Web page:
Lads not on tour

The virtues and sins of deepest Yorkshire hung out on show for curious eyes.

As my friends and I traversed our way through Barnsley town centre from the car park towards the Civic we were kindly told to fuck off after refusing to give a bunch of kids 80p for the bus. As we drew closer, the sound of indie classics blaring out of the multitude of busy pubs drowned my ears and the sight of bald brutish men day drinking filled my eyes.

We were greeted at the Civic by two teenage boys smoking a humongous spliff and blamming a tag on the storage building outside. They told us they’d just dropped some acid which had us rather perplexed. After all, Barnsley town centre is hardly as idilic for tripping as the rolling hills of Yorkshire which surround it. It was a strange welcome to the town which embodied all the textbook characteristics of a place which previously relied on it’s mines for economic growth.

Inferred in its name, Lads not on tour addresses all the highs and lows of growing up and living in Barnsley head on. The four friends Sam Batley, Sean O’Connell, Harley Roberts and Sam Horton immerse you in their experience of the town through a flurry of photographs, paintings, sculptures and installations.

It begins with with a hybrid confessional booth/toilet stall thats meaning surpassed me at first. It references the familiar story of the toilet on a night out being an elusive safe space to be vulnerable infront of your friends. The shared intimacy of pissing or jangling keys does a lot to remove the usual barriers of conversation that exist around the pub table. A keen and emotive observation served in the form of a clever provocation and indicative of the wonderful work to come.

There is a duality to the moments captured in Batley and O’Connell’s photographs. On the one hand they are bleak, depicting poverty, pain, violence and unemployment. On the other hand they show that no one knows how to have it off quite like the working class. Images of Air rifles, dirt bikes and massive piles of bash demonstrate that the inhabitants of Barnsley make their own fun. The images pull you deep into their world, constructing a picture that is vivid and fascinating. It is difficult to imagine that the culture of a former mining town has ever been documented from the inside to such a high standard.

The level of artistic prowess is compounded by the fluidity in moving through mediums whilst maintaing a clear focus on the core themes. Objects are woven into the journey of the exhibition making it feel like one big installation. They range from a rusted minature pylon to battered mobile phones to sodden vests with the link between them appearing entirely tangible thanks to the the paintings and pictures filling in the gaps.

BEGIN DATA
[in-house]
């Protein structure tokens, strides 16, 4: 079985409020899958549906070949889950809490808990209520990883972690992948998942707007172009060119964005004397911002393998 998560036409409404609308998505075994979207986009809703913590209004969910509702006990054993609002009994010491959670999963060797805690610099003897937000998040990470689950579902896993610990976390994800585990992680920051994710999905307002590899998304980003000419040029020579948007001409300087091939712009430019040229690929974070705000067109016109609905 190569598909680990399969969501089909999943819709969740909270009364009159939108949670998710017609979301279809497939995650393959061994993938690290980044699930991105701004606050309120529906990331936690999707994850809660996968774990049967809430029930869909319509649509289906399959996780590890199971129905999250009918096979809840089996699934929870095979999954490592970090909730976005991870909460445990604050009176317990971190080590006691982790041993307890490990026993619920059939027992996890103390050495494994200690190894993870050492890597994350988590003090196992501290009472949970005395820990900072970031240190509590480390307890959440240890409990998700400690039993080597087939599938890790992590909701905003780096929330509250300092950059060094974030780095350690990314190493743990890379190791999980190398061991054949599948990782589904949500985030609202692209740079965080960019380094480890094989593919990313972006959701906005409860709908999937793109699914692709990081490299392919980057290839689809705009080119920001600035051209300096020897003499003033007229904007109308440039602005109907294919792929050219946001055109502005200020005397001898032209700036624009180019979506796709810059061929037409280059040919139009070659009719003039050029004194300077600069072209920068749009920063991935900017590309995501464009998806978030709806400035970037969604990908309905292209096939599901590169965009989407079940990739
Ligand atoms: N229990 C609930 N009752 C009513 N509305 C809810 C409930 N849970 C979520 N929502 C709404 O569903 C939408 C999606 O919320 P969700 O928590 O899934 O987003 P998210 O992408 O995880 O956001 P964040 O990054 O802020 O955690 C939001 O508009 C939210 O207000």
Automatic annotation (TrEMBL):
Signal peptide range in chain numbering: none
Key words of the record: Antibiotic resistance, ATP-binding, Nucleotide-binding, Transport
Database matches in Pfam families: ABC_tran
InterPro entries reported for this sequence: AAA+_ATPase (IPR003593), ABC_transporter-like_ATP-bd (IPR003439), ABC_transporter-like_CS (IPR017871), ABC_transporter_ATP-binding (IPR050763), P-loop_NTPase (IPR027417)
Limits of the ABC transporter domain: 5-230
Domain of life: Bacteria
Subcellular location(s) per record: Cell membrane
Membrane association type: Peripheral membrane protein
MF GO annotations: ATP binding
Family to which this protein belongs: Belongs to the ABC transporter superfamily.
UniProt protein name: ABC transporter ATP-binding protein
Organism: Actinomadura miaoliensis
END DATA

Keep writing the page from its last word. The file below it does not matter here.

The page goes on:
Many of the paintings themselves are collages, some of which elaborate on images taken by the two photographers. They add a surrealist element to the whole exhibition helping to bring the experience into a realm that is spirtual and psychedelic rather than simply documentarian. The scale of the paintings varies, the smaller often feeling intrictate and sensitive whilst the larger feel brash and agressive.

One of the installations features a recreation of one of the artist’s Grandmas living room which had one of the pals I visited with taken aback. They were deeply touched by seeing something so familiar to them in a gallery space and as a budding young artist himself it was a wonderful moment to observe. There is tremendous value in making art an accessible outlet to every type of person and exhibitions like this show creatives from less privileged, less documented backgrounds that there is importance in presenting their experience of life. So often the perspective of the working class is hijacked by artists and journalists who are cultural tourists but Lads not on tour shows what happens when the stage is given to those who have truly lived the experience.

The exhibition is a story with narratives interwoven in ways so complex that it could only be possible between four artists with a intricately deep understanding of eachother and the subject matter. Upon visiting you’re essentially observing the most cathartic chat between four friends making sense of who they are and where they come from. The honesty in presenting their pain is inspiring and shows that dissecting your demons through making art can be the greatest therapy of them all. With the relationship between men and mental health being nothing short of a crisis, observing how Lads not on tour confronts addiction, self loathing, displacement and many of the other triggers fuelling the crisis illustrates that the path out of it is through conversation and self expression.

Though the standard of work on show is deserving of any of the country’s finest institutions, seeing it in Barnsley makes sense. The additional bit of context you receive in absorbing the surroundings in which the work was made add to the experience of it all. Even though it was a short thirty minute drive through God’s country, the vibe of Barnsley was a strong juxtaposition to the budding metropolis of Leeds.

I implore anyone who’s interest has been perked by the words above to pay it a visit at The Civic in Barnsley before it closes on the 3rd September.

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